win some, you lose some
Brendan Pronk, 16 AD Regt, takes up a firing position in
a trench line during Exercise Croc 03. Photo by Cpl Ashley
Pte John Wellfare
ENEMY forces on training activities tend to have the worst luck
when it comes to being outnumbered, stumbling into ambushes with
uncanny frequency and suffering decisive defeats, time and again
on exercises all over Australia.
back for the bad guys, the OPFOR during Exercise Croc 03 inflicted
some decisive defeats of their own over the exercise period, making
the friendly coalition's claim to victory questionable at best.
charge the OPFOR from a stronghold in the south of the fictitious
island of Legais, CO 2 Cav Regt Lt-Col Tony Luke commanded a mixed
force of more than 1000 soldiers from a range of Australian regular
and reserve units, as well as a USMC contingent.
Luke said the OPFOR were able to combine the speed and manoeuvrability
of 2 Cav Regt's ASLAVs with the power of the combined arms team
to achieve and number of major victories.
highlight for the enemy was clearly the destruction of the entire
marine force on the first night," he said.
were basically surrounded, encircled and attacked from flank and
rear and, in effect, destroyed to the point where US marine forces
called off the exercise, went back to Sam Hill and started again.
American commander himself praised us highly in the destruction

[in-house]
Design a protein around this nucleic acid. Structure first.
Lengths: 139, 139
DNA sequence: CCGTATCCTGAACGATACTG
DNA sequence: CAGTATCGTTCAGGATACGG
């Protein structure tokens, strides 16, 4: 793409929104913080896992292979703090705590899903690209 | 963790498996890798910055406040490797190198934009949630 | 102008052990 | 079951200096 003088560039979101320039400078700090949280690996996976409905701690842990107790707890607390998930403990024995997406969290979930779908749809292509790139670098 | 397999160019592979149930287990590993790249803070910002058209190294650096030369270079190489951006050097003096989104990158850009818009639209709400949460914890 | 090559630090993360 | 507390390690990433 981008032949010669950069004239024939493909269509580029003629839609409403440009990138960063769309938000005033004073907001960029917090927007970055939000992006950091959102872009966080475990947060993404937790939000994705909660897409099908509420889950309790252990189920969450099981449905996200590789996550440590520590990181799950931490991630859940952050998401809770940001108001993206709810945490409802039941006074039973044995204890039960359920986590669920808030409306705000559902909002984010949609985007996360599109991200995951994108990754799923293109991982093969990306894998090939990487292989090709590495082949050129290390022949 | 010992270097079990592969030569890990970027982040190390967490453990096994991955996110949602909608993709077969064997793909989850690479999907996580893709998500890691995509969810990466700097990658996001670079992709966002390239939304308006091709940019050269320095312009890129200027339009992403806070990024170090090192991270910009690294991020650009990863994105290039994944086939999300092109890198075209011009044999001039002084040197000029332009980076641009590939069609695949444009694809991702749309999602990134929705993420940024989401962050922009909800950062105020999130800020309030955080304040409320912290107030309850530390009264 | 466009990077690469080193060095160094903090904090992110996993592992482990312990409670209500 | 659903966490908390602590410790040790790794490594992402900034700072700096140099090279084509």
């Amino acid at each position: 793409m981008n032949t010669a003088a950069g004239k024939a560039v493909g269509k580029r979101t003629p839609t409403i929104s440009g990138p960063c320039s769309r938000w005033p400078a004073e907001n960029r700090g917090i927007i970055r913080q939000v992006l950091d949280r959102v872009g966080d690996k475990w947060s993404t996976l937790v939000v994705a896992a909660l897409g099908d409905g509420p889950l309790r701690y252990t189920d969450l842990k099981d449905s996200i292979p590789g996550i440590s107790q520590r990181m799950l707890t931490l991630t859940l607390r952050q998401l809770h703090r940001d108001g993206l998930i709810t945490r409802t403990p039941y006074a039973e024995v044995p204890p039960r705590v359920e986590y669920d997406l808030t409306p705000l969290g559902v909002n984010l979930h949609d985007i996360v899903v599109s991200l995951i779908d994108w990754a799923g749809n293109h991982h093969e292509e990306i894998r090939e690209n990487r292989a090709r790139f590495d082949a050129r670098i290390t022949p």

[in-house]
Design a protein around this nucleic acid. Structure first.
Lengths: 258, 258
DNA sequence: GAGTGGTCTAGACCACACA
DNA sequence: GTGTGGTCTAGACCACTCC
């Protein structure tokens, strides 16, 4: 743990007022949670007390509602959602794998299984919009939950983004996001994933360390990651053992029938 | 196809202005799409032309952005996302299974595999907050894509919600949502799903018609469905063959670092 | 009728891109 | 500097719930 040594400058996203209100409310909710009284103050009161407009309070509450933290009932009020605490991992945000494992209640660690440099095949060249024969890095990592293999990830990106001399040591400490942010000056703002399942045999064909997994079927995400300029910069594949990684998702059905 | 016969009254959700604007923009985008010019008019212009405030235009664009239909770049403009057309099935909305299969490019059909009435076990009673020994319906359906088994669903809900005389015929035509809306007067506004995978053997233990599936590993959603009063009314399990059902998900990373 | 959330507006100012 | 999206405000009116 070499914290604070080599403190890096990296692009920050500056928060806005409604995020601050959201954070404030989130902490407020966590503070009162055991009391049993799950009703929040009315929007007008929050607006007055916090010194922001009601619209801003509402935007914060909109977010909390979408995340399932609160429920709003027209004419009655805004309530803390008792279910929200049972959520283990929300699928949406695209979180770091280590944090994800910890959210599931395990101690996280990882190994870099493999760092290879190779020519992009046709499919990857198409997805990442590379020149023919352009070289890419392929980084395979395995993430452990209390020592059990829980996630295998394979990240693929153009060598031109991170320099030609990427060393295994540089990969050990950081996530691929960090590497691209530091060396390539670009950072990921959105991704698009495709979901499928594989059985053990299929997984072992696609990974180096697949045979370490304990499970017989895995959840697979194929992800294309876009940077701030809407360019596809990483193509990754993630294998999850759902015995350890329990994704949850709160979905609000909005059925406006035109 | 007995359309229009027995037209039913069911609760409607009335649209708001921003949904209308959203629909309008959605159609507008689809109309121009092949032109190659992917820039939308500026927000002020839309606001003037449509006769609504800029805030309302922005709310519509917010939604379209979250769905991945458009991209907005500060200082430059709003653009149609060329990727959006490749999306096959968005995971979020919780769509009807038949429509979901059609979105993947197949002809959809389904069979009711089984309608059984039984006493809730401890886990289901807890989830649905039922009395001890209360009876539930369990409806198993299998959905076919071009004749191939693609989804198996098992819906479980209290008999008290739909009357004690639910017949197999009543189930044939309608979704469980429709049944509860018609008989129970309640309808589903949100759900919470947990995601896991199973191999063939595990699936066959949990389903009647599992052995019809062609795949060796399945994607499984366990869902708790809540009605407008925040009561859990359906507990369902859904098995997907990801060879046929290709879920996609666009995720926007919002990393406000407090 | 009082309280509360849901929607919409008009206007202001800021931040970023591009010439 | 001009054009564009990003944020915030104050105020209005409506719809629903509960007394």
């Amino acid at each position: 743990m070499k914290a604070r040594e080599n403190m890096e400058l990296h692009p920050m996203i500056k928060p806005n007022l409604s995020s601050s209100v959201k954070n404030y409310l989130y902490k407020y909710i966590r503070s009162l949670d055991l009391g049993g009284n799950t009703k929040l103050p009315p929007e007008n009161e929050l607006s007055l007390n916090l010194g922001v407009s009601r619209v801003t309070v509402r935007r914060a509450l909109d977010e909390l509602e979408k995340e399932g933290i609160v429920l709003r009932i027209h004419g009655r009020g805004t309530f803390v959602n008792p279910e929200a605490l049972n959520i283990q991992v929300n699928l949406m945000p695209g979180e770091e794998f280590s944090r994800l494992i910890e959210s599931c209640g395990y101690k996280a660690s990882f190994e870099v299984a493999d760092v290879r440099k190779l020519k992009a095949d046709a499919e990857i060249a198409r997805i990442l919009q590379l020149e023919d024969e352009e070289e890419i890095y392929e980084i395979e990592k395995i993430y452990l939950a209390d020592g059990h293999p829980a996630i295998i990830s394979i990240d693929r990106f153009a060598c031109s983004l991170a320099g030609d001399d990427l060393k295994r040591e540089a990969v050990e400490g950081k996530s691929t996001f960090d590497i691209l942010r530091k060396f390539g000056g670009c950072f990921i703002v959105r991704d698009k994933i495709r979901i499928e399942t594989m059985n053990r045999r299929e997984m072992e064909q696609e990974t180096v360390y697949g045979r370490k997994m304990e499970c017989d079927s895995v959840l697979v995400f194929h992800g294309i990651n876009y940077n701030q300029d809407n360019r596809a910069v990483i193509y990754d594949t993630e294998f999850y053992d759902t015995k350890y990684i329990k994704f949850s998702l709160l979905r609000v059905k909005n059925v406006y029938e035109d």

of his force and said [the US forces] learnt a lot out of it.
of the key things that we dragged out of this and showed to both
Blue Force and the ADF in general was the quality of the equipment;
the ASLAVs' capabilities and the ability for the ASLAV to work in
a combined arms team with all other forces and achieve decisive
ASLAV is] certainly the fastest [armoured vehicle] and it's the
way we do cavalry operations, they rely on momentum and tempo, and
[2Cav] can generate a far higher momentum and tempo by both day
and by night.
can generate a tempo that cannot be matched by any other unit currently
in the Army, for operations on the ground, by day and by night,
and, of course, that can only be maintained and provided through
the combined arms team.
basically proved that air mobile and other such operations are not
viable without heavy, close air support.
number of air mobiles were tried and it was quite impressive the
number of times that, by the time the helicopters had landed and
opened their doors they were looking at half-a-dozen ASLAVs.
good anecdote from the exercise. The marines did a landing on the
plains airfield with their CH46s, we observed them getting ready
to do it and the CH46s came in and dropped their rear doors, just
beside a little copse of trees.
that little copse was one of my tank squadrons, and literally when
the Marines dropped the rear door of their first helicopter, no
more than 20m away, there was a Leopard tank, staring into the back
of their door.
looked like possums caught in a bright light, they threw smoke grenades
out the rear door and took off again deciding it was a really bad
idea. That was funny as hell, actually.
highlights were a good free-flowing battle of manoeuvre against
1 Bde and 3 Bde, over a period of four days down the western flank
of the range.
Croc 03, the OPFOR incorporated the majority of 2 Cav Regt, a squadron
from 1 Armd Regt, 161 Recce Sqn, elements of 8/12 Mdm Regt, 1 Fd
Regt, 9RQR, 2/14 QMI LHR, 12/16HRL, 1CSSB and Fox Company, 2nd/3rd